the view from our bed

the view from our bed


beach outside our bungalow

beach outside our bungalow


looking north

looking north

I was desperate to get snorkelling and explore the reef so on the first day we walked south for about 500 metres, the reef isn’t too far out here and it gradually comes inland to almost meet the shore. The shallows are sandy and great for swimming, even 100 metres out you can easily stand. Once we reached the reef it was just amazing. I’ve never seen so many fish. There are hundreds of little flashing reef fish, and shoals of brightly coloured parrot fish chomping away on the corals. In deeper water past the drop-off there a bigger darker looking fish, hundreds of them in a spiral shaped shoal near the bottom. I tried to do some research so I could identify some of the species but there are so so many its a little confusing. I’m pretty sure I saw lots of hump coral, as well as vase, finger and brain. Fish were more complicated but there is one I am sure of – the sergeant major damselfish! They are about 4 inches with blue and yellow stripes. Apparently what happens is that boat day-trippers come out to this reef from nearby islands on snorkelling trips and they feed the fish. So when you snorkel there within minutes you have this cheeky little entourage of the sergeant majors, expecting to be fed, but if you stay too still they will nip at you! Its doesn’t hurt at all and it isn’t dangerous but it freaked me out the first time it happened! After that we just learnt to swish around a lot whenever the got too close or too many!!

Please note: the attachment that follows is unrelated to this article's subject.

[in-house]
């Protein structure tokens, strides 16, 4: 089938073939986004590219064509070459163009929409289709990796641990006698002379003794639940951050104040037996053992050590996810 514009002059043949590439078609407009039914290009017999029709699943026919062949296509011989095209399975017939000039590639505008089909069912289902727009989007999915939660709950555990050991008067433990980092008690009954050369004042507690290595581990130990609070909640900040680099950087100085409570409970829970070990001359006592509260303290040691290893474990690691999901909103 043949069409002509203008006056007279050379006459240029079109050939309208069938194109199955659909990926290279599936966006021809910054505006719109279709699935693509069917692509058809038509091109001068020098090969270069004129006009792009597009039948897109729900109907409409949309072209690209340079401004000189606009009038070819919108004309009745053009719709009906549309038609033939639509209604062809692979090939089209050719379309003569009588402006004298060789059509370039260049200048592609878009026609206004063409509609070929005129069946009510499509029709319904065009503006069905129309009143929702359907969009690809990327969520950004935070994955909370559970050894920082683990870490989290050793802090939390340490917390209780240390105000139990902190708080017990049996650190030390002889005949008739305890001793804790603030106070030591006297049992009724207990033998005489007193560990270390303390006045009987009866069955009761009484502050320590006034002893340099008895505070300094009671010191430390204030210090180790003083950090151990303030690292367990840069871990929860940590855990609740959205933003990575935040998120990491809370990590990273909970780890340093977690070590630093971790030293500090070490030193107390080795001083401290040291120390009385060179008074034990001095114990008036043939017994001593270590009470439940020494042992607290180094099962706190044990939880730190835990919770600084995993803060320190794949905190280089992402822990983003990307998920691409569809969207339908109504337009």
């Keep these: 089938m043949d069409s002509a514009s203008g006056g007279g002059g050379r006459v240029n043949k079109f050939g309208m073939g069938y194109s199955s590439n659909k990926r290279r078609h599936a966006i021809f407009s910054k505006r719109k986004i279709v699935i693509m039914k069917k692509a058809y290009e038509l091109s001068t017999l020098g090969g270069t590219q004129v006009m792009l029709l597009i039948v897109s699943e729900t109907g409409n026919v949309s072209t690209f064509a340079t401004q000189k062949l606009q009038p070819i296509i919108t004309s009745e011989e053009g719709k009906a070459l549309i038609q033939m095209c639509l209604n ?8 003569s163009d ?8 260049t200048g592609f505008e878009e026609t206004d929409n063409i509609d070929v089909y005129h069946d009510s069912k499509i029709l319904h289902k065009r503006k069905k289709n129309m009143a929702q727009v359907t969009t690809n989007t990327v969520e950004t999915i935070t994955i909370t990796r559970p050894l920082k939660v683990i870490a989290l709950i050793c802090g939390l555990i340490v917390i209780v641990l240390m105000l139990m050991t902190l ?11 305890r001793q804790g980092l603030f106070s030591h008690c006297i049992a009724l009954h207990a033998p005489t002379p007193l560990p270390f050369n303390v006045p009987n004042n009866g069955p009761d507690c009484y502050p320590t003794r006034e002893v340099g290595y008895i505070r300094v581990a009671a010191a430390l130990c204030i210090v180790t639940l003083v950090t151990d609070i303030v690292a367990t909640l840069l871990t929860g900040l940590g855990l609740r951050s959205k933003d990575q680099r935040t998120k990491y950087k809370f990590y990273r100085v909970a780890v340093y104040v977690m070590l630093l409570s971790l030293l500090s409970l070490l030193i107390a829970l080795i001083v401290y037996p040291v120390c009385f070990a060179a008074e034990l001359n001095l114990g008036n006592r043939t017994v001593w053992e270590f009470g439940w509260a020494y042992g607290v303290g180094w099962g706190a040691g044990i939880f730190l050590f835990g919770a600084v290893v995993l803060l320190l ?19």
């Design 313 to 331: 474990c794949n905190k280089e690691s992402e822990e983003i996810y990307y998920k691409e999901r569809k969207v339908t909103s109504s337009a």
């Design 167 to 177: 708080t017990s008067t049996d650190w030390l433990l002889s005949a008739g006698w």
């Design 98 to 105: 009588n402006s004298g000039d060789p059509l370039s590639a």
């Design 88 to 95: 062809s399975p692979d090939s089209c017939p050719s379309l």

sand art x

sand art x